Alphabeats review: make music with words

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I like games that are music themed. When bands put out weird, trippy apps starring their tunes, I get a kick out of what they dream up. I don’t particularly like rhythm games, though. They never seem to hit the beat right, and I can’t shake my pre-existing knowledge of real-life music experiences. I’m always thinking, “That’s not how that solo is played.”

Alphabeats is a music themed game that uses electronica tunes to set the atmosphere, but doesn’t ask you to tap to the beat in order to win. We’ve got a hands-on game review of Alphabeats for you today…


The game field is made up of 12 strings that hang from the top of the screen. From each string, one or more discs drop in varying intervals based on the rhythm of the song currently playing. The discs each have a letter on them. The letter grabber, or paddle, is at the bottom of the screen. Players slide the paddle across the screen, collecting letters to make words.

The background is normally a subtle geometric design ranging in color. However, there are times when the shapes become more prominent. I think it happens when the music is at the peak of a crescendo, or possibly only during certain modes, like Tricky or Spellfire.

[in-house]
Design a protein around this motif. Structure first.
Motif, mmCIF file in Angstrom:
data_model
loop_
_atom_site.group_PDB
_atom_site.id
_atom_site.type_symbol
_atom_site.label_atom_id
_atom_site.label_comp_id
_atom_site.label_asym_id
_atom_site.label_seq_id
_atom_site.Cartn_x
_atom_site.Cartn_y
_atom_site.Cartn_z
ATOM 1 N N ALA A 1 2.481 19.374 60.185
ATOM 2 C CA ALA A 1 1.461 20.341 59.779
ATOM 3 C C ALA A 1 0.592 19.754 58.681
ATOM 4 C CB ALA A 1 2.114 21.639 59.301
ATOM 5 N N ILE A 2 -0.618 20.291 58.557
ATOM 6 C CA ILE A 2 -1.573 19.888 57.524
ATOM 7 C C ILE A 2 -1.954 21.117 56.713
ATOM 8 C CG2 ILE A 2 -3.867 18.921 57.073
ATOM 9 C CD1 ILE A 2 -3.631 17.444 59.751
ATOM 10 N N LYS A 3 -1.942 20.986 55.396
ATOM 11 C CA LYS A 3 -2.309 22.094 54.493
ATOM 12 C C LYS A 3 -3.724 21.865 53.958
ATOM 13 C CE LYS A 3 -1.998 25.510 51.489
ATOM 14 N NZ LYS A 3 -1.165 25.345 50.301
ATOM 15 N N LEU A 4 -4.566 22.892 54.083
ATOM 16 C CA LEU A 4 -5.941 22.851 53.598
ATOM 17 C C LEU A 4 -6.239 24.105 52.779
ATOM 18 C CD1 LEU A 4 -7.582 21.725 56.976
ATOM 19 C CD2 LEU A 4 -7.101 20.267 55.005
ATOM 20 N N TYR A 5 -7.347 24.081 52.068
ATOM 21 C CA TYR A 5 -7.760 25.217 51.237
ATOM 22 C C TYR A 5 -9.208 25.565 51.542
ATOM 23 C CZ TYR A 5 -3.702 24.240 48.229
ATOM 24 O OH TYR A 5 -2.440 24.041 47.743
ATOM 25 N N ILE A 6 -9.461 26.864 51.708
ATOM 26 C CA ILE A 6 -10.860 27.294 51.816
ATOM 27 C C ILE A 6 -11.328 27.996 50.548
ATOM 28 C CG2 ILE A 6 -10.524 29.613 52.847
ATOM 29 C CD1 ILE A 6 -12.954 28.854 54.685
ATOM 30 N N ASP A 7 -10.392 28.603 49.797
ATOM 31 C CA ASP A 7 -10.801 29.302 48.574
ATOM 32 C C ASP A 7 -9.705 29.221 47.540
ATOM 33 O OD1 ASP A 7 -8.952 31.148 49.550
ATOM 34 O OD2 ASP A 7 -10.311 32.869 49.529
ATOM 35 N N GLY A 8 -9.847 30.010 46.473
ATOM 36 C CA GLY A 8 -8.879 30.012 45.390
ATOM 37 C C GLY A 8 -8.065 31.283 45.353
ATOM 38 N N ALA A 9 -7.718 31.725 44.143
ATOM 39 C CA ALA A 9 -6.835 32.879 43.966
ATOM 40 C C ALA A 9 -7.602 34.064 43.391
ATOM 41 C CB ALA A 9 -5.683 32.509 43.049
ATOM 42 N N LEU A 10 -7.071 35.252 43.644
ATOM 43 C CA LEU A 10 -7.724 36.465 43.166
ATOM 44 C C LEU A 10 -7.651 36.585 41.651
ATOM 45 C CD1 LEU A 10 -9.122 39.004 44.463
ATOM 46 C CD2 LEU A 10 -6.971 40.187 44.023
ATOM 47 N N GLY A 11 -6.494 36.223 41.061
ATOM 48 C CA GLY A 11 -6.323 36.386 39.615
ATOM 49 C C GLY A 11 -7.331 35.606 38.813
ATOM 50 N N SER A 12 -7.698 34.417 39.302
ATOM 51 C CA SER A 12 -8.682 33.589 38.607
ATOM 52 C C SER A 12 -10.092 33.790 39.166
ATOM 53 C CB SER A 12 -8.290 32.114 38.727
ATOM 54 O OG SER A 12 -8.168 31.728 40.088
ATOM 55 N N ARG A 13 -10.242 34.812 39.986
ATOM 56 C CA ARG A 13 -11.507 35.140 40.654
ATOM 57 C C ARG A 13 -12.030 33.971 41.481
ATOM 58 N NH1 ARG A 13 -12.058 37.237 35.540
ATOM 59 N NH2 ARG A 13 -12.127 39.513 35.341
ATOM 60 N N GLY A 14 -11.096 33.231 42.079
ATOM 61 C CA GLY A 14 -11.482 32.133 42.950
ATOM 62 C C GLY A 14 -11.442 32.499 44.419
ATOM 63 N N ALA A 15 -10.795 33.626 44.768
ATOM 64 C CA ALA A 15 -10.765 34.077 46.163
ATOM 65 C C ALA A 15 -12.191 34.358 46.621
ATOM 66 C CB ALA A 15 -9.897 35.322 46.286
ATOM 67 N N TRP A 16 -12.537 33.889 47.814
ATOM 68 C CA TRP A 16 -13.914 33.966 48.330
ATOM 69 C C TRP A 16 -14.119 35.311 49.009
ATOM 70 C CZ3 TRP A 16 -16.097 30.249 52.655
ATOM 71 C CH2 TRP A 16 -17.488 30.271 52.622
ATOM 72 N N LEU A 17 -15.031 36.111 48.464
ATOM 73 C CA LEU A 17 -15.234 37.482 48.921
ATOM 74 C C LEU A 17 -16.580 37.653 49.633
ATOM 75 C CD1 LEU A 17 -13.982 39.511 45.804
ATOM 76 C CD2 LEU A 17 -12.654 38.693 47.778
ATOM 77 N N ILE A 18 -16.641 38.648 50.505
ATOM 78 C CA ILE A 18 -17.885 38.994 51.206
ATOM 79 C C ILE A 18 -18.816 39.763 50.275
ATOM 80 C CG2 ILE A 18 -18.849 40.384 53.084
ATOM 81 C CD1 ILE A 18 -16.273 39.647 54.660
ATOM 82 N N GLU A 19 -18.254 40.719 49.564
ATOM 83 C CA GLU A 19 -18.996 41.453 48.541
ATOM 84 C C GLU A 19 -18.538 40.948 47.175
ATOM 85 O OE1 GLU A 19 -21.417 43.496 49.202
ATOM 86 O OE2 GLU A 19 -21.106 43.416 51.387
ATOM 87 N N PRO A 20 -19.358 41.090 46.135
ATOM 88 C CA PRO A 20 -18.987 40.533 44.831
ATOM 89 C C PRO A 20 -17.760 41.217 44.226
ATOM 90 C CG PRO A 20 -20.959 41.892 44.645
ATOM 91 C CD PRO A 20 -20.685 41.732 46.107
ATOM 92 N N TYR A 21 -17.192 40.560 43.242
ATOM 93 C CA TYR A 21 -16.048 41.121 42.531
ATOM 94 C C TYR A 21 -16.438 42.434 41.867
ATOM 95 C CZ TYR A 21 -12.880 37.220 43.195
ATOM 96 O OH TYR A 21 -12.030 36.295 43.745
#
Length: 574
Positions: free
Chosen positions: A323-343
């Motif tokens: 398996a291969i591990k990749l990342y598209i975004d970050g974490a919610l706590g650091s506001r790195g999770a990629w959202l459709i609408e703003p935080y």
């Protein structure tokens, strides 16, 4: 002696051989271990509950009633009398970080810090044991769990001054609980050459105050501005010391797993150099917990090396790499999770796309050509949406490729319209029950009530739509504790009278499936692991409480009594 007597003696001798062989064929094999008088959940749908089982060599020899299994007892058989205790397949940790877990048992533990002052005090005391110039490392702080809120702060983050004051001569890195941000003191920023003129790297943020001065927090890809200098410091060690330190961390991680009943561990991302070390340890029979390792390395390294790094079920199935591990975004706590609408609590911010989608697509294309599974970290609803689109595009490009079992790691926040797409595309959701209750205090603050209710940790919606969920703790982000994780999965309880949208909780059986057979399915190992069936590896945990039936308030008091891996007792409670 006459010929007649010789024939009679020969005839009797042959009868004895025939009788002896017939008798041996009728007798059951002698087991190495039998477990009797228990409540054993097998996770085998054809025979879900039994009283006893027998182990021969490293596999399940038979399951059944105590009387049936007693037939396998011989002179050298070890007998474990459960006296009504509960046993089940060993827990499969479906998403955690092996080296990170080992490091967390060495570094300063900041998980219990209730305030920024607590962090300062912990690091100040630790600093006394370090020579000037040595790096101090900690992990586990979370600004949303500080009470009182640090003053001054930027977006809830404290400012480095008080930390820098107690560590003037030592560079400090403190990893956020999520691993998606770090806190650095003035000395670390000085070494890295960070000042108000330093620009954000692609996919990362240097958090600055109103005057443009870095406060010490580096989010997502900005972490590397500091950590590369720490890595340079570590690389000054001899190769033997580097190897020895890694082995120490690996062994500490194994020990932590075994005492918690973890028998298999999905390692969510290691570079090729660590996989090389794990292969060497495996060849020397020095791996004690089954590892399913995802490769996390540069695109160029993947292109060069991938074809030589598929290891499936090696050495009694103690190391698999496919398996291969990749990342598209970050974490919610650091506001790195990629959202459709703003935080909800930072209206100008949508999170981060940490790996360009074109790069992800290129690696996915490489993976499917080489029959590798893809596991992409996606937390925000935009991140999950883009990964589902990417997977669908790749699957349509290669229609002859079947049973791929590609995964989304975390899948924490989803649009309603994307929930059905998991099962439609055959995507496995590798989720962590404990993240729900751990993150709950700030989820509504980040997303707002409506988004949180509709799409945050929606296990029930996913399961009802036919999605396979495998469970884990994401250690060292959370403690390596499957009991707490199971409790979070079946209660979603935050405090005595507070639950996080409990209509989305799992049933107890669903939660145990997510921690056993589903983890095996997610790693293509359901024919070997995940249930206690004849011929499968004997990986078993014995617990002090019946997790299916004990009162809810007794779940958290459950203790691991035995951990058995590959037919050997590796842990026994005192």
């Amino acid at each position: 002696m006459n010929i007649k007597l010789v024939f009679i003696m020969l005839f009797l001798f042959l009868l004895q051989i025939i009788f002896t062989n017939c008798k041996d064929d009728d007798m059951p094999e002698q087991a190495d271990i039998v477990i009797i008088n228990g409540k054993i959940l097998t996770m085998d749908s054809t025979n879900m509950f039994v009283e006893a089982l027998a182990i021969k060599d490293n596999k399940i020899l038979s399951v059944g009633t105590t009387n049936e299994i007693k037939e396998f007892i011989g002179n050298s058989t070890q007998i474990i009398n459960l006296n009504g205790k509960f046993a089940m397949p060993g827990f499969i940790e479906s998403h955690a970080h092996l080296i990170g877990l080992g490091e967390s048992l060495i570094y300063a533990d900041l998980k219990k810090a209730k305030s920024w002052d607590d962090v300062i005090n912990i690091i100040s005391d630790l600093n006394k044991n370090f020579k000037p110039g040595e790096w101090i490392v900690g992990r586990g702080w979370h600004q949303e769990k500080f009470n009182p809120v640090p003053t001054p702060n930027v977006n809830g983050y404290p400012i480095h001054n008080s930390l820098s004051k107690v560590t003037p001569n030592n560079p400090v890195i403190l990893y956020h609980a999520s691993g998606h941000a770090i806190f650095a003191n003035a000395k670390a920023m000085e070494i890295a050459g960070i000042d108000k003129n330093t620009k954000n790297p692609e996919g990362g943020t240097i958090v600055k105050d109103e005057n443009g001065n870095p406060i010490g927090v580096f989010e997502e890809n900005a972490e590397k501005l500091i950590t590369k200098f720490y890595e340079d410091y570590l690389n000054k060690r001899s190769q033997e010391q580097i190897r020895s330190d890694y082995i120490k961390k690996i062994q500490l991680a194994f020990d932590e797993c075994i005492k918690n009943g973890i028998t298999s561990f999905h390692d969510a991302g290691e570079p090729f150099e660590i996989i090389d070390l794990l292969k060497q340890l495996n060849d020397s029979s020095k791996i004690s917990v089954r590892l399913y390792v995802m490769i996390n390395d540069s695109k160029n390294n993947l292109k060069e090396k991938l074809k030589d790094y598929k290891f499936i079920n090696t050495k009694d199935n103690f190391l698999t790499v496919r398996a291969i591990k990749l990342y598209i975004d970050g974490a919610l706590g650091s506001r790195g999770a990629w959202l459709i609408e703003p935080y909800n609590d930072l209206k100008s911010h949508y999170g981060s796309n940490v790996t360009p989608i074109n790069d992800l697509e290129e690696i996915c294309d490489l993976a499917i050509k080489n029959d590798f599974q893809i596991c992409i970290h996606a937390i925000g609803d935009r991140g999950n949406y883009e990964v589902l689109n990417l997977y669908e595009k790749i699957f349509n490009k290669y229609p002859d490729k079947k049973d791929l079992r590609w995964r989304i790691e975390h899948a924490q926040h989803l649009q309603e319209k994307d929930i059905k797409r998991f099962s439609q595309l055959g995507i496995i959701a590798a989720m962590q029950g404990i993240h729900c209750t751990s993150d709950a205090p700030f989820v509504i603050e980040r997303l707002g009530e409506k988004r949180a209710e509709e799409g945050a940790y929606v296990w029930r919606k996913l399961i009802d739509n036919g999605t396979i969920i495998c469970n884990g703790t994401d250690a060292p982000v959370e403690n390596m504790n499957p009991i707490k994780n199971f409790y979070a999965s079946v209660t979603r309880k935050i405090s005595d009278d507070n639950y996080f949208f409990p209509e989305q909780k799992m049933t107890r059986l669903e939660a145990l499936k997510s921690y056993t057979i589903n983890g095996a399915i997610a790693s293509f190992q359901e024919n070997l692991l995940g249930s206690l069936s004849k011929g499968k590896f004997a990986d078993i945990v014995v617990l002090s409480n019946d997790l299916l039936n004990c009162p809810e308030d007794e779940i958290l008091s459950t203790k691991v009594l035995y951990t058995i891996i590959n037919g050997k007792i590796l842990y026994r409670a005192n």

To the right of the screen, you’ll have access to three power ups. The score multiplier, letter shrink, and bomb. You can either tap one of the power ups to activate it, or use gestures. To activate the score multiplier, swipe downward on the screen with two fingers. To activate the letter shrink feature, pinch inward. To activate the bomb, pinch outward.

The game lasts as long as the song does. There are five songs preloaded in the game. Each one is slightly harder. In addition to increased complexity, you can change the difficulty level for each song. Play Casual, Tricky, or Spellfire.

When the song ends, you’ll see your stats for that game. Check the different words you made, find out which word scored the highest points (the “raddest” word) and get your score.

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You will first pick which song you’d like to play along with. I recommend starting with the simplest one until you get acquainted with the gameplay. Then, select your game mode. Again, I suggest casual until you feel like you can handle the hard stuff.

Then, the game begins. The letters will drop from above on different strings in random order. They will drop in time with the song, but that won’t have much effect on your gameplay. Your job is to spell words.

Grab letters that you want to use and avoid ones you don’t. The larger the word, the more points you’ll score. Plus, rare letters, like W, X, and Z will increase your points. So, to get the raddest word in a game, grab rare letters and make a big word. Don’t forget to use your power ups to help get a super high score.

When you think you’re on track to scoring big, tap the multiplier button to make sure you get the maximum points. The score multiplier gives you double points to whatever letters are on your paddle. Once you submit a word, the points will be doubled.